She is a level 8 this year...officially upper level!
Because of the situation with the new gym they are practicing, and with hurting her wrist this summer, Mary was more nervous than I have ever seen her.
The morning of the meet, I couldn't find Mary. Sam told me she was outside.
"Huh?" We had just had a huge storm the night before, and it was FREEZING cold outside as well.
Sure enough I looked outside, and there was Mary.
She was in her competition leotard and winter coat. She was on the trampoline that had about 18 inches of snow on it, and she was shoveling the snow off with our shovel.
I opened the back door and asked her what on earth she was doing.
"I am shoveling off the snow so I can get one more practice in before my meet!"
I wish more than anything I had taken a picture of her at that moment.
My little girl out there, in a competition leotard, shoveling snow off the trampoline in order to squeeze in just one more practice.
THAT is some serious dedication.
She just didn't feel ready for the meet, and that was a very new feeling to her. She has always gone into her competition season feeling confident and ready.
It broke my heart to see her struggling so much with her confidence in not only her tumbling, but in her coaches, in her wrist, and in herself.
I wish I could say that the meet put all of those fears aside, and that she just blew it out of the water.
It was not the case, in fact, it was just the opposite.
Mary was a pile of nerves for double mini. She actually pulled off her passes beautifully, but her landing on of them was off, and she not only took a step, but took a step out of bounds. Mary is great at sticking her landings, this was a confidence thing for sure! She came away with 5th place, which was great, but not was she is capable of, and she knew it, so she was frustrated.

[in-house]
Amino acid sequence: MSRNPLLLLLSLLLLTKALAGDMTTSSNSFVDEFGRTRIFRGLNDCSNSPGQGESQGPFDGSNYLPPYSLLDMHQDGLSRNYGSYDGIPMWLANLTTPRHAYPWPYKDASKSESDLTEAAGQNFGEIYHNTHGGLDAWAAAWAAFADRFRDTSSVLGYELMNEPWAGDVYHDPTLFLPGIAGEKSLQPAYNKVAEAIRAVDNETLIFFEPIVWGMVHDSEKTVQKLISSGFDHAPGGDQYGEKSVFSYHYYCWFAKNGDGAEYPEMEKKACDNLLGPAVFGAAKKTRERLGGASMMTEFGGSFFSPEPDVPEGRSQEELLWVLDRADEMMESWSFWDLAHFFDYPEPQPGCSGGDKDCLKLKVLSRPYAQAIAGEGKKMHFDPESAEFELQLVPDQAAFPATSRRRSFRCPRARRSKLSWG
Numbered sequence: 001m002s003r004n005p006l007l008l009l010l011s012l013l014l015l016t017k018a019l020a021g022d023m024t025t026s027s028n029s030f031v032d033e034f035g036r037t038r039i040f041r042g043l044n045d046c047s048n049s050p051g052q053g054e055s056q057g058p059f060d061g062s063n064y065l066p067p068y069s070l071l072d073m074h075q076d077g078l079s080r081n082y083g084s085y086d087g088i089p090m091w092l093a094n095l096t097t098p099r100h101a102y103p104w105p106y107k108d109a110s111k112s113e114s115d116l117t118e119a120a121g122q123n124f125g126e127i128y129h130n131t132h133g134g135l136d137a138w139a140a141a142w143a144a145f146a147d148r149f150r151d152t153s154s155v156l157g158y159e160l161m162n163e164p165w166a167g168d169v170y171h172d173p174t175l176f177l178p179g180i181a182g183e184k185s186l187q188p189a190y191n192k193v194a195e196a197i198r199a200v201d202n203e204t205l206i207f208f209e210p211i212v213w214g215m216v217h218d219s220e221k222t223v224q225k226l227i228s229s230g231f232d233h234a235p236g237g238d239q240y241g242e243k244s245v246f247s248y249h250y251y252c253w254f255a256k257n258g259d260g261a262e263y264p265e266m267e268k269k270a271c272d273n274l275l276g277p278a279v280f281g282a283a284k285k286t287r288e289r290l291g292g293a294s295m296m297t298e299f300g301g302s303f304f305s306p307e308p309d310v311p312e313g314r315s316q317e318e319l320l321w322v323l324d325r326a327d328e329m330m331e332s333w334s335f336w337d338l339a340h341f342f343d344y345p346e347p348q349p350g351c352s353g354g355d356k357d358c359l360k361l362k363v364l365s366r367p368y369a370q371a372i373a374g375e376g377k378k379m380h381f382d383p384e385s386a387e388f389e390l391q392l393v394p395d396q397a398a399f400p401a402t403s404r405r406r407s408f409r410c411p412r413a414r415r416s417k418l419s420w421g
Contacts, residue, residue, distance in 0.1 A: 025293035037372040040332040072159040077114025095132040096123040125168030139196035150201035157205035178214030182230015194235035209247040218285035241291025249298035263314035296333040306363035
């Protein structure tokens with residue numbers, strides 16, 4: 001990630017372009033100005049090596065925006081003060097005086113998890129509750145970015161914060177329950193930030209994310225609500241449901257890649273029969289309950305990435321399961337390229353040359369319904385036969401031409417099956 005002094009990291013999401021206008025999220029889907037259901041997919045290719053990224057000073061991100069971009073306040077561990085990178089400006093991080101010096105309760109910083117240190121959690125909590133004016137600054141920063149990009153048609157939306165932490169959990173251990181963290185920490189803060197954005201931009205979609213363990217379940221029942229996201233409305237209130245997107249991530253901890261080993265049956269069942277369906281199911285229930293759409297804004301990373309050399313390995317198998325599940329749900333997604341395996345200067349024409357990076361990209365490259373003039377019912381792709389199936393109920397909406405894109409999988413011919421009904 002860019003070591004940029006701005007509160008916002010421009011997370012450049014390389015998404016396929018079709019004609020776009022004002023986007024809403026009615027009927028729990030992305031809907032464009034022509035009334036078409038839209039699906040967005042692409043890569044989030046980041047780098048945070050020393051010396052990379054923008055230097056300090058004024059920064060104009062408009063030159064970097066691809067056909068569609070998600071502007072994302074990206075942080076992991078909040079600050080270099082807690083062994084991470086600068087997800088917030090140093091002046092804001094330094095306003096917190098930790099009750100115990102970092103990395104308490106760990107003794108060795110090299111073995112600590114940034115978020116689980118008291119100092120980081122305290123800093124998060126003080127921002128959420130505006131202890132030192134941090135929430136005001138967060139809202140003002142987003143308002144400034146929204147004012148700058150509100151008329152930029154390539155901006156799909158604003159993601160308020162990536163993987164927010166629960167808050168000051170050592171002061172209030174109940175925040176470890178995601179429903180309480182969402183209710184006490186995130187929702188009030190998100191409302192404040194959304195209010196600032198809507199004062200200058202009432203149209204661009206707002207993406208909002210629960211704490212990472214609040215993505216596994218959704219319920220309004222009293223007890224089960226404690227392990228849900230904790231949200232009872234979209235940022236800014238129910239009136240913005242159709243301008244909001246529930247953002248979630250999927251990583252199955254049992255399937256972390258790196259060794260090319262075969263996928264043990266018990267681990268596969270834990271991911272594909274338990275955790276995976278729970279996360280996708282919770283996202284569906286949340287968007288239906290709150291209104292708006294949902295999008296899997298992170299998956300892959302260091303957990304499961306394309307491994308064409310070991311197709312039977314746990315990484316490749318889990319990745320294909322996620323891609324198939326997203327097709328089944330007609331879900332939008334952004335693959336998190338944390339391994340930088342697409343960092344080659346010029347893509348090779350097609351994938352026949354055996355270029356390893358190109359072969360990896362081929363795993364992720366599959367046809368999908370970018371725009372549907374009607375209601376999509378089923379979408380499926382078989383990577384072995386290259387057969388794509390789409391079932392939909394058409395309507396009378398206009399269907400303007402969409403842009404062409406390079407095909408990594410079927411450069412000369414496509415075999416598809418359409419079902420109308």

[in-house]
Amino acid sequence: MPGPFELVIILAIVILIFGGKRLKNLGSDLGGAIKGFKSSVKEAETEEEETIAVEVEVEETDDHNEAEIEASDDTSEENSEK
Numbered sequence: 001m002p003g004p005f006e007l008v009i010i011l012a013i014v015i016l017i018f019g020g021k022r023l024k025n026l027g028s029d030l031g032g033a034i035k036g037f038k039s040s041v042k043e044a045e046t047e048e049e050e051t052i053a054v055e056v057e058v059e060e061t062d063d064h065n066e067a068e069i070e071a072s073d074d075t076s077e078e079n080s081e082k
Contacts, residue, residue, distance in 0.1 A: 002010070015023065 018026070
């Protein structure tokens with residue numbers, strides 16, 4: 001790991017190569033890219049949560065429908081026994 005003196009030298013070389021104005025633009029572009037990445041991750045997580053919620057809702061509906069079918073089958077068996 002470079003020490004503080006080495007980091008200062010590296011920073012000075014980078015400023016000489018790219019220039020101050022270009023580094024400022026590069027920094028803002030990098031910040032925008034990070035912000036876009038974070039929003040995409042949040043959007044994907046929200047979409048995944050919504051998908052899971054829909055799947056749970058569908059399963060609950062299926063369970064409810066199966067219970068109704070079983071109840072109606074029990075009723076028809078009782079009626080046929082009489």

Next up was floor.
The floor was extremely hard, and several upper level tumblers were falling, hurting their wrists, and not able to get much height.
That was a bad recipe for Mary, with a wrist that was just recovered from an injury.
To make things worst, the judges wouldn't let her wear her normal wrist brace, because it is black, and they have to be nude color for the meet. (don't get me going...don't even get me going)
So, Mary did her warm up pass, with cold muscles, because she waited two hours in between events, on a hard, floor, with a crappy brace and a tender wrist.
After her warm up pass, she immediately grabbed her wrist and looked panicked. She glanced up at me and started crying.
Now, Mary does not cry much, at least with tumbling. I have never seen her cry at a meet, or at a practice. Neither has her coach. So, the fact that she was crying was a big deal.
Her coach was nowhere to be seen, which only added to my fury, and her nerves and confusion with what to do.
I told Mary to just scratch the event, but she just kept saying she could do it.
So, she did it.
And she actually did dang well.
The only problem is that she could not do her full twist at the end of her second pass, because she did not have enough power because of her hurt arm.